Busuu: An all-round app with some great features. Also contains reviews after each milestone lesson to make sure you’ve got it before moving on. My favorite aspect of Busuu is the ‘Conversations’ feature. It connects you with locals and they’ll give you feedback on your Italian.
Best Italian programs and online courses
It’s essential you take on both if you want to learn Italian quickly and efficiently. Italian courses go into more depth than apps can, and also provide structure to your lessons. Here are six options to try.
Pimsleur: An excellent audio-based course that’s a favorite among language learners. Pimsleur’s take on language learning is to teach users what they need to know in digestible chunks. Perfect for people who are busy and want to learn on the go. Here’s an offer for you: Try Pimsleur Italian absolutely FREE today!
Rocket Languages: Beginners and especially self-learners will benefit most from using Rocket Italian. They provide audio courses, and all lessons are just 20 minutes long for maximum memory retention. All users of this course get access to the corresponding Rocket Languages app and a forum for learners to discuss issues or advice. Highly recommend.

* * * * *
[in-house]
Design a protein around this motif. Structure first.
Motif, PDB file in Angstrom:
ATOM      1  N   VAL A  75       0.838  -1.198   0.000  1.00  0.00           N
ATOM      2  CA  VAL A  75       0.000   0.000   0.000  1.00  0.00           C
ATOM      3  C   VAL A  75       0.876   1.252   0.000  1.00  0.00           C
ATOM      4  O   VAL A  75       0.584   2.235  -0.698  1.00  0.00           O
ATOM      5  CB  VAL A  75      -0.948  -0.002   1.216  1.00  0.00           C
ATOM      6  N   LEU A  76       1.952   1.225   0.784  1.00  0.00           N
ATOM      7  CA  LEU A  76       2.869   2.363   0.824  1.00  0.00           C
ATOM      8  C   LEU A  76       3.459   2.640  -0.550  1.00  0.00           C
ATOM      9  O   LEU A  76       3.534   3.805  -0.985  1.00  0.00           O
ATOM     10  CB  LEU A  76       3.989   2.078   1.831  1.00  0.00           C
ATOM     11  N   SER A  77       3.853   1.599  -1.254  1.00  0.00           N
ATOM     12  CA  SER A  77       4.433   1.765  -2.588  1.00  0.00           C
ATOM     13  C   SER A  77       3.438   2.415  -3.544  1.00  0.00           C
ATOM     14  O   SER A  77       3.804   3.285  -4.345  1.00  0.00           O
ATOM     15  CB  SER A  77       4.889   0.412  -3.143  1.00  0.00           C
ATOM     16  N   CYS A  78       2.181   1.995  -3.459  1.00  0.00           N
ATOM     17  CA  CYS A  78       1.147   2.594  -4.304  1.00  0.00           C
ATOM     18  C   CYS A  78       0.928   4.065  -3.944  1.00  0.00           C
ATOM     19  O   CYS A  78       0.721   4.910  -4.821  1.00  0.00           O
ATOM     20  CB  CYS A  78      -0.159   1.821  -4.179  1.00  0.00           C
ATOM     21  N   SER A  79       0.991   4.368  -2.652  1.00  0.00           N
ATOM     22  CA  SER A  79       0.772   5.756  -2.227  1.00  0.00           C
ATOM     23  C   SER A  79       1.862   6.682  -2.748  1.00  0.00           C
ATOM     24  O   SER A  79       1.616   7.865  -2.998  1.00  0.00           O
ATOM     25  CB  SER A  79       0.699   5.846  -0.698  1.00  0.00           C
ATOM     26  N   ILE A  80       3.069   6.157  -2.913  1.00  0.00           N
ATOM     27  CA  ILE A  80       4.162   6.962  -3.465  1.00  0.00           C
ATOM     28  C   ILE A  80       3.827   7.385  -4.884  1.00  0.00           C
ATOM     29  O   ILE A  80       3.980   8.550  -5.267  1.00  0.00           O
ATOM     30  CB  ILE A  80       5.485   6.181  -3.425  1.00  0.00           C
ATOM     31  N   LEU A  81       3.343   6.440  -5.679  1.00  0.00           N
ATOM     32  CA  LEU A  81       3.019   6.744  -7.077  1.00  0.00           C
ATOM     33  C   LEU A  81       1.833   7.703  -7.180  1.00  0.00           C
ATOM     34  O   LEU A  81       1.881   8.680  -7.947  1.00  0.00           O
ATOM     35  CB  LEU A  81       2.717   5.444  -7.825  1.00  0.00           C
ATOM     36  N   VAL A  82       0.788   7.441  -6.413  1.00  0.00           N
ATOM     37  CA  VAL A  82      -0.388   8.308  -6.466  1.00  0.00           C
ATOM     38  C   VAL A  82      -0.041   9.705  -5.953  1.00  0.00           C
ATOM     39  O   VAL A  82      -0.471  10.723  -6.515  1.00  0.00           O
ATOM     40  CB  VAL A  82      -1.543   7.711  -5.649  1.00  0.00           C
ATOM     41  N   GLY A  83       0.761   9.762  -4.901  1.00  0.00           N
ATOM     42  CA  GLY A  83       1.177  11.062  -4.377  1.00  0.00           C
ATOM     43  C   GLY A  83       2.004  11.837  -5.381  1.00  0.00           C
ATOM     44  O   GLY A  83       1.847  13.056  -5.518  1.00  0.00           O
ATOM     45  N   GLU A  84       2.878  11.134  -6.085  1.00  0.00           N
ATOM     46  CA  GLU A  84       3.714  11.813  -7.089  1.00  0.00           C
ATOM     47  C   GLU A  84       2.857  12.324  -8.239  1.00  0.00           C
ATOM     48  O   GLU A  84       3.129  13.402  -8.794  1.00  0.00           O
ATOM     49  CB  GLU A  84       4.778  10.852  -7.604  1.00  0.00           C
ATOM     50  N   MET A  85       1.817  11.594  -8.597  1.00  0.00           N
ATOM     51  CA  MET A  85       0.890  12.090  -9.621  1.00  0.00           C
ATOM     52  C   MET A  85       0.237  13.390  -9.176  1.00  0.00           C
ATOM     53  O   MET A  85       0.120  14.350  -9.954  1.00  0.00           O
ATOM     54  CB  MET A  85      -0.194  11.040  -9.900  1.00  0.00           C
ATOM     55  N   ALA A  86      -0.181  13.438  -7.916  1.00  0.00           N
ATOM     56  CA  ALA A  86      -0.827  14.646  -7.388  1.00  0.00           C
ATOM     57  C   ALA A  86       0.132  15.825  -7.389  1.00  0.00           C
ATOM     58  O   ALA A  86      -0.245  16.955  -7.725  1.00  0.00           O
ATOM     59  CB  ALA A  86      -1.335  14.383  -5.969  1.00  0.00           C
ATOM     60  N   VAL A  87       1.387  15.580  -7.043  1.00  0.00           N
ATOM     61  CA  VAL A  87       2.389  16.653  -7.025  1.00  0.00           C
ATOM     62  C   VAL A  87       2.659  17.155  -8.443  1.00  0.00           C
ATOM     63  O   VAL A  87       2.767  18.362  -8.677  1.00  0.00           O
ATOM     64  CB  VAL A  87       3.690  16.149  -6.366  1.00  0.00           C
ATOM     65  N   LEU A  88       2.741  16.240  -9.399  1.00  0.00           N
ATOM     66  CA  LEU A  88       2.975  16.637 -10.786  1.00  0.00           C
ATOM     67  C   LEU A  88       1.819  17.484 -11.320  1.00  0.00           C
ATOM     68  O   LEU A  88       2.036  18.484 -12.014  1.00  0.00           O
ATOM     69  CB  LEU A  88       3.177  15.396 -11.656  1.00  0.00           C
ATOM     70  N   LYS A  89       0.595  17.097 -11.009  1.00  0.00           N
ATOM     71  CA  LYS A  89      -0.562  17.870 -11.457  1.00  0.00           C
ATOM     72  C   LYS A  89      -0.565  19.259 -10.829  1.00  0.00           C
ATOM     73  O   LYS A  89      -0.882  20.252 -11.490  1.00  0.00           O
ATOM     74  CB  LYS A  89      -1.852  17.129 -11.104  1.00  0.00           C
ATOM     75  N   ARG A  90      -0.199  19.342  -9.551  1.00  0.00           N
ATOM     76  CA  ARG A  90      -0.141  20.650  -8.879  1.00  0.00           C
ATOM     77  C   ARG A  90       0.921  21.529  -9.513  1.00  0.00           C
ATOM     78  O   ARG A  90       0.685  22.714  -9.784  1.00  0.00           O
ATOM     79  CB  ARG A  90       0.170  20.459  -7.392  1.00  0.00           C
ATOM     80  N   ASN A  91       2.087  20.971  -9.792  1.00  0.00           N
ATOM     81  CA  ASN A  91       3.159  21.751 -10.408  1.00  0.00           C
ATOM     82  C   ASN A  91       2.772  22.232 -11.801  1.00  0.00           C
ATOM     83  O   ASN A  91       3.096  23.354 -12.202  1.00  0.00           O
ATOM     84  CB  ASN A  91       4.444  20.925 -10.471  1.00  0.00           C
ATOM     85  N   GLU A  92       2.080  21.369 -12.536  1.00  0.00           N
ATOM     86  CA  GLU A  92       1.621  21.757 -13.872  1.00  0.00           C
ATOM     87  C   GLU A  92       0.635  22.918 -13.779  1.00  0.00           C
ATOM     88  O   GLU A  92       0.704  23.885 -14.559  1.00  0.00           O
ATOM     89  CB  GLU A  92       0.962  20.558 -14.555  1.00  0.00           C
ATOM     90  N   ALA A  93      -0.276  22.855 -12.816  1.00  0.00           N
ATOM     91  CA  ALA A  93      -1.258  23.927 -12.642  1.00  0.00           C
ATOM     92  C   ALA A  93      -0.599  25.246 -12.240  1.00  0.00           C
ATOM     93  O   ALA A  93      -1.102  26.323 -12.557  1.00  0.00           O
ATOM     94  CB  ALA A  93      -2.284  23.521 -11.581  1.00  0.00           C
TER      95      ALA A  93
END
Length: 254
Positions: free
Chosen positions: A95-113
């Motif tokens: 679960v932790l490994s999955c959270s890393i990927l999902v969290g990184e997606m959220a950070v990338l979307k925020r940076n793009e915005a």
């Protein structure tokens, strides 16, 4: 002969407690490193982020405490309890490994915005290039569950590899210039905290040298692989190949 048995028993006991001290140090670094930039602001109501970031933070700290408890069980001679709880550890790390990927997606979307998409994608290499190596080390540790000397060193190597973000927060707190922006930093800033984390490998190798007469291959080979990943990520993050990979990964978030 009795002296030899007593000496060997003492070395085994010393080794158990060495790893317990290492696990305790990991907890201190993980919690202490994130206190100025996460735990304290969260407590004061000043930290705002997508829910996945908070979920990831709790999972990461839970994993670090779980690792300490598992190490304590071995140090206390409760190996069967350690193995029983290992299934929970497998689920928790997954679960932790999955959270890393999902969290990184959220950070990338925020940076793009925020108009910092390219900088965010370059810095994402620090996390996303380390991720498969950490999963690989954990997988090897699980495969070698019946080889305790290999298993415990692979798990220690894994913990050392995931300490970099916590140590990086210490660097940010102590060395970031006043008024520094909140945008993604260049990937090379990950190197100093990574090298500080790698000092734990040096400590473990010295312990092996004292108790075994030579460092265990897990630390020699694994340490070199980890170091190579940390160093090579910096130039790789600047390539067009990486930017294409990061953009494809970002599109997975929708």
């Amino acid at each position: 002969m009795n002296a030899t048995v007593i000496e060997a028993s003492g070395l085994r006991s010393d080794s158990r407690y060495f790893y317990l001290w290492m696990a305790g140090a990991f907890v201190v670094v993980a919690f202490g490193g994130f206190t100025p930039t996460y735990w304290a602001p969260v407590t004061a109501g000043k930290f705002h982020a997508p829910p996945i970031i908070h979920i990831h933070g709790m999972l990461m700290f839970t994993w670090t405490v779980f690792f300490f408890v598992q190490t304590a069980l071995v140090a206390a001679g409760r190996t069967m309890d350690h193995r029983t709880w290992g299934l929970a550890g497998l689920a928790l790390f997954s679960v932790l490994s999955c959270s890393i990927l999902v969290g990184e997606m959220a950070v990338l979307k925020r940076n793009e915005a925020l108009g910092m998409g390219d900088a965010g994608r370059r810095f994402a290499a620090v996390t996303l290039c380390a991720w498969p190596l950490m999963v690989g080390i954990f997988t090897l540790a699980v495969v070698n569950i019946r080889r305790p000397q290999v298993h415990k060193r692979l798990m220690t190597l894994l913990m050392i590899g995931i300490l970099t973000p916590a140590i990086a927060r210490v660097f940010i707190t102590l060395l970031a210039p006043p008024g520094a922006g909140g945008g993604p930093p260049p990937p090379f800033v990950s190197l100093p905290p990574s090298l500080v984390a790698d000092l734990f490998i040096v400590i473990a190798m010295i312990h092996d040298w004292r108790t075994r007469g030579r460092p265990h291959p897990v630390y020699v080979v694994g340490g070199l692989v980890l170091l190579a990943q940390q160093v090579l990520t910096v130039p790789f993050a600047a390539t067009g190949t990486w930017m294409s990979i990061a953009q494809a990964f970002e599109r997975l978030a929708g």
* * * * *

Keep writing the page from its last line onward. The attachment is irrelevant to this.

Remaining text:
BBC Languages Italian: Complete novices to Italian should take a look at BBC’s online Italian course. Talk Italian is great for those planning a vacation to Italy. It’s a nine-part series that covers the basics like purchasing train tickets to talking about your family members. It’s also 100% free.
Live Lingua: Considering Live Lingua courses are 100% free, this is actually pretty good. It won’t cost you a dime and you get access to ebooks, audio files and practice drills. It’s accurate and detailed, but its fatal flaw is how outdated it is.
Repeti Con Me: Clue is in the name: “repeat after me”. This course has tutorials that encourage the user to listen to and repeat sentences. If you learn through repetition, this could be for you. However, at US$18.99 per month, I think you can get more bang for your buck elsewhere.
LanguageTransfer Italian: Language Transfer’s audio files are all on SoundCloud, so it’s free and easy to access. It’s an introductory course so its scope is limited, but introduces the art of learning Italian with ease and precision. Great for novices.
Best podcasts to learn Italian
Integrate learning Italian with your hobbies and other passions, and watch your progress accelerate. Podcasts are a great way to learn Italian while having fun. Below are some of our favorite podcasts to learn Italian. For more, check out the complete list of the 16 best Italian podcasts for language learners.